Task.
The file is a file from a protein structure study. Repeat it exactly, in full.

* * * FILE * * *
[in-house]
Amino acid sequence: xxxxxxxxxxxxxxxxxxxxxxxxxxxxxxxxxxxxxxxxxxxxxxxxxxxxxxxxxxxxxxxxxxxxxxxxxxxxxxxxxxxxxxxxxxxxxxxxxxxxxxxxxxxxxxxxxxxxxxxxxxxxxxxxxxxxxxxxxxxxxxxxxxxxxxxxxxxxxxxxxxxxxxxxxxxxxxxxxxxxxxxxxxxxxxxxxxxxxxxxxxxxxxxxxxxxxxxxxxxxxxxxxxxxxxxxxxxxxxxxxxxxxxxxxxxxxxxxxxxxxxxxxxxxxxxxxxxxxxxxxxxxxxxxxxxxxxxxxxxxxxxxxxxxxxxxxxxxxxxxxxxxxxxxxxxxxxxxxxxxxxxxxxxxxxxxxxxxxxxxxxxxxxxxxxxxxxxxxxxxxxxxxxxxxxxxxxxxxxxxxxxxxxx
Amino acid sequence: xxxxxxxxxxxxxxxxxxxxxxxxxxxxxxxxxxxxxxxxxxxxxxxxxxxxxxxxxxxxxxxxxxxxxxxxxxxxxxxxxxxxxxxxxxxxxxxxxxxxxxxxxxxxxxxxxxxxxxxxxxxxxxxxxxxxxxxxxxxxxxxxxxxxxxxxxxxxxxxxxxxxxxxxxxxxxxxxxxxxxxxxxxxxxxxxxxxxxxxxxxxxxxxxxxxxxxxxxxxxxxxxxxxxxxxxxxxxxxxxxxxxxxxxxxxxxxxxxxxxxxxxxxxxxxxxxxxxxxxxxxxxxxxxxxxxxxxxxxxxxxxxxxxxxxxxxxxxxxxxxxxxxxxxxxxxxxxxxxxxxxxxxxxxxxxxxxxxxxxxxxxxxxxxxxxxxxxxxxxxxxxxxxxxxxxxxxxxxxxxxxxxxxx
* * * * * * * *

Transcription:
[in-house]
Amino acid sequence: xxxxxxxxxxxxxxxxxxxxxxxxxxxxxxxxxxxxxxxxxxxxxxxxxxxxxxxxxxxxxxxxxxxxxxxxxxxxxxxxxxxxxxxxxxxxxxxxxxxxxxxxxxxxxxxxxxxxxxxxxxxxxxxxxxxxxxxxxxxxxxxxxxxxxxxxxxxxxxxxxxxxxxxxxxxxxxxxxxxxxxxxxxxxxxxxxxxxxxxxxxxxxxxxxxxxxxxxxxxxxxxxxxxxxxxxxxxxxxxxxxxxxxxxxxxxxxxxxxxxxxxxxxxxxxxxxxxxxxxxxxxxxxxxxxxxxxxxxxxxxxxxxxxxxxxxxxxxxxxxxxxxxxxxxxxxxxxxxxxxxxxxxxxxxxxxxxxxxxxxxxxxxxxxxxxxxxxxxxxxxxxxxxxxxxxxxxxxxxxxxxxxxxx
Amino acid sequence: xxxxxxxxxxxxxxxxxxxxxxxxxxxxxxxxxxxxxxxxxxxxxxxxxxxxxxxxxxxxxxxxxxxxxxxxxxxxxxxxxxxxxxxxxxxxxxxxxxxxxxxxxxxxxxxxxxxxxxxxxxxxxxxxxxxxxxxxxxxxxxxxxxxxxxxxxxxxxxxxxxxxxxxxxxxxxxxxxxxxxxxxxxxxxxxxxxxxxxxxxxxxxxxxxxxxxxxxxxxxxxxxxxxxxxxxxxxxxxxxxxxxxxxxxxxxxxxxxxxxxxxxxxxxxxxxxxxxxxxxxxxxxxxxxxxxxxxxxxxxxxxxxxxxxxxxxxxxxxxxxxxxxxxxxxxxxxxxxxxxxxxxxxxxxxxxxxxxxxxxxxxxxxxxxxxxxxxxxxxxxxxxxxxxxxxxxxxxxxxxxxxxxxx